After months of competition, it all comes down to this: Either Candice Glover or Kree Harrison will be the next American Idol champion. It's the first girl vs. girl finale since Season Three and both women will surely end up adding to Idol's reputation for creating stars, except, of course when they don't. (We're looking at you Blake Lewis and you, too, Justin Guarini.)
Although the competition between Kree and Candice is neck and neck, Kree made one bad decision: She won the coin toss and chose to go first. No one chooses to go first, especially not on Idol, where the final spot is usually reserved for the most memorable performance of the night. Plus, voting fans have short memories and the last song has better sticking power.
Last night's hour-long performance finale was divided into three rounds. The first-round song choices were made by Idol creator Simon Fuller, who gave Kree the pondering "Angel" by Sarah McLachlan, a.k.a. the song indelibly intertwined with sad puppy images, while Candice got Adele's "Chasing Pavements." It seemed to stack the deck in Candice's favor early on, because while "Chasing Pavements" is more difficult to sing, it has a much bigger pay-off. Kree's song was a tearjerker, and Candice made you want to get up and cheer. In the finale, you always want to cheer. Randy Jackson gave the first round to Candice, because she "made choices" in her song and was able to show off more of her lower register. Randy seemed to be feeling sassy as he finishes his 12-season Idol tenure, saying he thought both the song choices his boss made were boring.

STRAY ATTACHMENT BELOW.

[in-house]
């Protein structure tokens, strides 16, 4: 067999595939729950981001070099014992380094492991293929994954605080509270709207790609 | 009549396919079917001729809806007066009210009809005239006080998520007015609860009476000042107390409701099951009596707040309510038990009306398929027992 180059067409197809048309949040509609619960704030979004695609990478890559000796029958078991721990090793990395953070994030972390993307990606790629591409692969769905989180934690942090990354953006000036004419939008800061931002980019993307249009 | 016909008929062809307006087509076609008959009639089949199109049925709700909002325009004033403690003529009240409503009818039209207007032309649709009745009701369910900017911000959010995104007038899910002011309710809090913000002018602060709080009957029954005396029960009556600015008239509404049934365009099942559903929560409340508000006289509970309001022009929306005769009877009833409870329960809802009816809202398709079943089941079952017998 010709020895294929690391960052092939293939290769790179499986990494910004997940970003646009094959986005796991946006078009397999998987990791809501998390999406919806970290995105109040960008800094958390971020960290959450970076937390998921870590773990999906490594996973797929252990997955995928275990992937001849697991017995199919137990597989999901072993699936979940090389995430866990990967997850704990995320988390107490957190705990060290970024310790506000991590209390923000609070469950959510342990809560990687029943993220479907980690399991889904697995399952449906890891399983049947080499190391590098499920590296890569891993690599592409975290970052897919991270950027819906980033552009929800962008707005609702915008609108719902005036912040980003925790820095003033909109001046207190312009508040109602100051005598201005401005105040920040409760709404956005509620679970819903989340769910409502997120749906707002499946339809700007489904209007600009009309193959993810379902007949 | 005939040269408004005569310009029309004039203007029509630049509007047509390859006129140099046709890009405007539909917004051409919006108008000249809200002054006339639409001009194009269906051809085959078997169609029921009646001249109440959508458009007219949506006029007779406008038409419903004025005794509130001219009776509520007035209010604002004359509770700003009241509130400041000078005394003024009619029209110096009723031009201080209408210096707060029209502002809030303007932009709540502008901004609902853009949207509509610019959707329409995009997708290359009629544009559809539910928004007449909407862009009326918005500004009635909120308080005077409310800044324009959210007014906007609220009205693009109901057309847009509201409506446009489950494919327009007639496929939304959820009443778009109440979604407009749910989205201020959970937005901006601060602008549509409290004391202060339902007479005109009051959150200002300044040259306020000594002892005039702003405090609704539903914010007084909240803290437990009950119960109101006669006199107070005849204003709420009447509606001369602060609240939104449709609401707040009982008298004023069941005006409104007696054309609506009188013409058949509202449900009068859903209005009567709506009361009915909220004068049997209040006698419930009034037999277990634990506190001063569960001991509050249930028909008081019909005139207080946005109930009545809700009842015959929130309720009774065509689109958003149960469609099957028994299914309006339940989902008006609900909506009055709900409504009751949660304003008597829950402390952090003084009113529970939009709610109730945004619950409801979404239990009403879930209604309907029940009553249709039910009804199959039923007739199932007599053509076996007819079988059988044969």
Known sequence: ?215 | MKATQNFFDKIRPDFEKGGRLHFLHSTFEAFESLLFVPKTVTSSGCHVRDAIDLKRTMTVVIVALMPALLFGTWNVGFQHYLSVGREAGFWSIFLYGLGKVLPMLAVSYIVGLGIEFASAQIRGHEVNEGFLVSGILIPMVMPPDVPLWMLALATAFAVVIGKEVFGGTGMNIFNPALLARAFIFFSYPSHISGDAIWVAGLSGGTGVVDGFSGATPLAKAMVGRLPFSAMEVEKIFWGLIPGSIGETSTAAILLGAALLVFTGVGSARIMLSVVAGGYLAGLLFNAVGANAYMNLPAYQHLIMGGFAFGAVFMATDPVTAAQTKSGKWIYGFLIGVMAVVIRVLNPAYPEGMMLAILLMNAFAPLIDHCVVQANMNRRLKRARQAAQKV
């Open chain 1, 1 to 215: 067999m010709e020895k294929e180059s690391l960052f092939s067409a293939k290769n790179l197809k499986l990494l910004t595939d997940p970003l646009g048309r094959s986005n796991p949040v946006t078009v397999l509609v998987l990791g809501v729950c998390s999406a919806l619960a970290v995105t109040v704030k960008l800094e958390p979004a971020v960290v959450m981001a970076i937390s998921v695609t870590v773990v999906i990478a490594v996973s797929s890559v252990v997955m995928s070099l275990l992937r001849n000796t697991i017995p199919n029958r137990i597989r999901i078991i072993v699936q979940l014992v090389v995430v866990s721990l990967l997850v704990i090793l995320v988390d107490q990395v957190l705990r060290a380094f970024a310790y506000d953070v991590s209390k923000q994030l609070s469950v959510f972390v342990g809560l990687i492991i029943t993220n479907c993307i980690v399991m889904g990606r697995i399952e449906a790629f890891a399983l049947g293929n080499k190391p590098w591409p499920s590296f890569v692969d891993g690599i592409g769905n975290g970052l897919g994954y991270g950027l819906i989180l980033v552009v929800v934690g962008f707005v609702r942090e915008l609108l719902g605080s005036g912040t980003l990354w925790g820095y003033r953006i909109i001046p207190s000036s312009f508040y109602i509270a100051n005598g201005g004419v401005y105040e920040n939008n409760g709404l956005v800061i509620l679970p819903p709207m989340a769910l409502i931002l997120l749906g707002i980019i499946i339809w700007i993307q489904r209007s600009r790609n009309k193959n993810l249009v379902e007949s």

For the second round, the finalists performed the song that will be their single if they win. These songs have risen in importance since Phillip Phillips' coronation single "Home," became a mega-hit and the biggest-selling Idol single of all time. Kree's song is, of course, a slow tempo ballad called "All Cried Out" that sounds like a Carrie Underwood tune, which is undoubtedly the sweet spot she was going for. Candice's single is an uplifting track called "I Am Beautiful," which is appropriate because much of Candice's story arc on the show involved self-esteem. The song was perfectly tailored to her vocal range and style and she performed it expertly. While neither song is as good as "Home," they will rack up plenty of downloads.
While Kree and Candice sang for the championship, former Canadian Idol contestant Carly Rae Jepsen popped by to perform her new Coke-sponsored single "Take a Picture."
For the final round, the finalists got to choose their favorite song of the season. Kree chose a repeat performance of Patty Griffin's "Up to the Mountain," backed with a gospel choir. After two rounds of solid, if not particularly memorable performances, Kree finally got the crowd on her side and the judges on their feet with her final number. At the end of the song, Keith Urban yelled, "Oh come on, that was beautiful, baby!" The judges all agreed that it was Kree's strongest performance of the night. But Candice's take on Shirley Bassey's "I (Who Have Nothing)" was the night's winner. It was strong, powerful and fun to watch. As Randy noted in what might be the final critique of his Idol career, "That's a winning performance. It's about singing and, baby, you've got it all."
But will having it all be enough to take the Idol crown? We will find out soon enough.
Previously: Angie Miller Cut, Alicia Keys Performs